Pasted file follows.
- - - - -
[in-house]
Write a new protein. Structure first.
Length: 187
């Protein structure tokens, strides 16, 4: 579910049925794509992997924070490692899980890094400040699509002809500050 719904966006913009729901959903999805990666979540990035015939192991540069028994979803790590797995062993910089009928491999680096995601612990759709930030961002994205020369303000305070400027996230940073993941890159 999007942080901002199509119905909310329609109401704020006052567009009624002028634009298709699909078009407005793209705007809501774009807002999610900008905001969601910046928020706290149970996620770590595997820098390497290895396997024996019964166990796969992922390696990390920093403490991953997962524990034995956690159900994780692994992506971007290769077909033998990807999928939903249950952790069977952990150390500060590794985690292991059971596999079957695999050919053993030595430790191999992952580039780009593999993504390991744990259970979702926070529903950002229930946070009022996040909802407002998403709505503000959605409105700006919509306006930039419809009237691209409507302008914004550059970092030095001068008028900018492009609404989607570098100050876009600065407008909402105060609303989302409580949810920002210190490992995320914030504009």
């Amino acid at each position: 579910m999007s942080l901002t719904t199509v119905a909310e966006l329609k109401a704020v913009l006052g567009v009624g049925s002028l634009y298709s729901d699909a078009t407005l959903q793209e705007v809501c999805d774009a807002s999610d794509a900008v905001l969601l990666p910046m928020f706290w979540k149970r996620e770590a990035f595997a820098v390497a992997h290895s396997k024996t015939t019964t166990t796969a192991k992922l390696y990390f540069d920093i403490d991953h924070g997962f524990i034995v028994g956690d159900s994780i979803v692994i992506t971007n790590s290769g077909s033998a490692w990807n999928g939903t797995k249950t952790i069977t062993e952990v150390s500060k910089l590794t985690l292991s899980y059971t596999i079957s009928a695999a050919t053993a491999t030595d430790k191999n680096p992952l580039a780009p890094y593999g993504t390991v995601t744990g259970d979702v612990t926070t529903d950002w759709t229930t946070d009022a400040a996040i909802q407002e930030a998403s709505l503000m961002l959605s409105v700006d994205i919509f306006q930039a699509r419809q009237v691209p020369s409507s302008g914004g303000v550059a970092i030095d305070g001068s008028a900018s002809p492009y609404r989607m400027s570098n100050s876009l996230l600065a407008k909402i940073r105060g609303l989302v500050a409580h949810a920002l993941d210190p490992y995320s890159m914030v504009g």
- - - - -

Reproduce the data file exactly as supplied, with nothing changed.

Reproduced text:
[in-house]
Write a new protein. Structure first.
Length: 187
């Protein structure tokens, strides 16, 4: 579910049925794509992997924070490692899980890094400040699509002809500050 719904966006913009729901959903999805990666979540990035015939192991540069028994979803790590797995062993910089009928491999680096995601612990759709930030961002994205020369303000305070400027996230940073993941890159 999007942080901002199509119905909310329609109401704020006052567009009624002028634009298709699909078009407005793209705007809501774009807002999610900008905001969601910046928020706290149970996620770590595997820098390497290895396997024996019964166990796969992922390696990390920093403490991953997962524990034995956690159900994780692994992506971007290769077909033998990807999928939903249950952790069977952990150390500060590794985690292991059971596999079957695999050919053993030595430790191999992952580039780009593999993504390991744990259970979702926070529903950002229930946070009022996040909802407002998403709505503000959605409105700006919509306006930039419809009237691209409507302008914004550059970092030095001068008028900018492009609404989607570098100050876009600065407008909402105060609303989302409580949810920002210190490992995320914030504009």
């Amino acid at each position: 579910m999007s942080l901002t719904t199509v119905a909310e966006l329609k109401a704020v913009l006052g567009v009624g049925s002028l634009y298709s729901d699909a078009t407005l959903q793209e705007v809501c999805d774009a807002s999610d794509a900008v905001l969601l990666p910046m928020f706290w979540k149970r996620e770590a990035f595997a820098v390497a992997h290895s396997k024996t015939t019964t166990t796969a192991k992922l390696y990390f540069d920093i403490d991953h924070g997962f524990i034995v028994g956690d159900s994780i979803v692994i992506t971007n790590s290769g077909s033998a490692w990807n999928g939903t797995k249950t952790i069977t062993e952990v150390s500060k910089l590794t985690l292991s899980y059971t596999i079957s009928a695999a050919t053993a491999t030595d430790k191999n680096p992952l580039a780009p890094y593999g993504t390991v995601t744990g259970d979702v612990t926070t529903d950002w759709t229930t946070d009022a400040a996040i909802q407002e930030a998403s709505l503000m961002l959605s409105v700006d994205i919509f306006q930039a699509r419809q009237v691209p020369s409507s302008g914004g303000v550059a970092i030095d305070g001068s008028a900018s002809p492009y609404r989607m400027s570098n100050s876009l996230l600065a407008k909402i940073r105060g609303l989302v500050a409580h949810a920002l993941d210190p490992y995320s890159m914030v504009g």